**CASANOVA #9: As usual, even as I admire the characters and concepts, this remains a chore to read. There's just something about those concepts, and the outstanding art by Gab and now Fab, that keeps me coming back every issue for varying degrees of pleasure...but I get weary of feeling like the densest kid in the room after I've done so. Alas, poor Moon- where brother Ba got a subdued olive green coloration for his tenure, Fabio gets a truly eye-hurting Cerulean blue. Somebody really shoulda looked at a press proof before moving forward with that. Still, I'll bump this up a notch because his sexy
**DMZ #23: In case you were wondering what happened to all the taggers in NYC during Civil War II, well, wonder no further. This one focuses on one particularly independent fellow who has a grand scheme in mind which he sees through to the surprisingly satisfying ending. Artist Burchielli's style has begun to morph somehow, becoming less fussy- not necessarily better, just looser. B+
**DOKTOR SLEEPLESS #2: If they ever decided to publish a Metafilter comic book, then surely as day follows night Warren Ellis would be the man to script it, and here's the proof. Ellis continues to recycle the multitudes of internet trivia that he seems to gather like prospectors panned for gold, and Sleepless, with its Shriekyware and Biometrs and other Gibsonesque contrivances, seems to be the repository for all the minutiae that he collects like a fanboy collects #1 issues of X-Men comics. Fortunately, as always, he is bailed out by his terse dialogue and matter-of-fact presentation, which makes this a lot more involving than it probably should be. I especially liked the flashback to the encounter with "Don Bastardos" on the Amazon, and its welcome humor. Ellis isn't helped much by Ivan "Pudge" Rodgriguez' meticulously rendered, but lifeless, sterile and stiffly posed artwork. An artist with some spark, or even a recognizable style that aspires to something other than Chris Weston-lite, would really make this title sing. Oh well, what do you want, perfection? B+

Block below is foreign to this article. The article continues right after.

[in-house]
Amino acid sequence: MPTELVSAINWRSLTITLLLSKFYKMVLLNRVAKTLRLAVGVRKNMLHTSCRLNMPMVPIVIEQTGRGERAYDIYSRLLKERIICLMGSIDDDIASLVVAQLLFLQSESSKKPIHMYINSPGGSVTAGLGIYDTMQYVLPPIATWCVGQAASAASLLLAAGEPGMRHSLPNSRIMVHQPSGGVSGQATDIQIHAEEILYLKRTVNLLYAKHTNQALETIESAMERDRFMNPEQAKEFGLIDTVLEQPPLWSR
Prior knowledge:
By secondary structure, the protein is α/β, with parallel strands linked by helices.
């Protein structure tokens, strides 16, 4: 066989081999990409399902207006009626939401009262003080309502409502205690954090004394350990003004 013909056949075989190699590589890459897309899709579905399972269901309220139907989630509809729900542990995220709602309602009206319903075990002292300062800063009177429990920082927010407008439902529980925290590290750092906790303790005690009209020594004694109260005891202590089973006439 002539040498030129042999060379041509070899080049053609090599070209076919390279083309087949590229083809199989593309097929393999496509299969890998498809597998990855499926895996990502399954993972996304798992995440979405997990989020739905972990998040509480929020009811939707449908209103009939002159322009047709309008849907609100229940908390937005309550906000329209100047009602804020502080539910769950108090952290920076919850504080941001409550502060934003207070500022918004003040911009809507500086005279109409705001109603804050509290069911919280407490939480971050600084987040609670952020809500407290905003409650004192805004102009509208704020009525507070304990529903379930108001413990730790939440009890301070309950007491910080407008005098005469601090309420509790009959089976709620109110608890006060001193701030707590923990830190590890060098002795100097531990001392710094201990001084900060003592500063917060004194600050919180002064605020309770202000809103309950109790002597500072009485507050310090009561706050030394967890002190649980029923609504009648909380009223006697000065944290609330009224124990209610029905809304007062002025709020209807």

**FABLES #65: Fables keeps rolling on, as good now (if not better) than it's ever been with this Arthurian, but not only thus, storyline. Buckingham and Leialoha are looking more like Jack Kirby than ever before on art as well. By now, this book has entered that zone of "consistently consistent in its consistent excellence" realm. Which is good for readers, but hell on reviewers... A-
**FAKER #3: This keeps getting progressively wiggier, and I remain mildly interested in what is at the bottom of all. Of course, this is another example of a moderately interesting idea being thrown in the deep end and being expected to swim; it's almost predestined to fail simply by coming out given the market these days. The only way it could be worse is if it was a WildStorm title. It's too bad that anthology titles don't sell either; this would have been perfect for something along the lines of DC's old Time Warp SF antho book. Oh well, if its and buts were candies and nuts... B+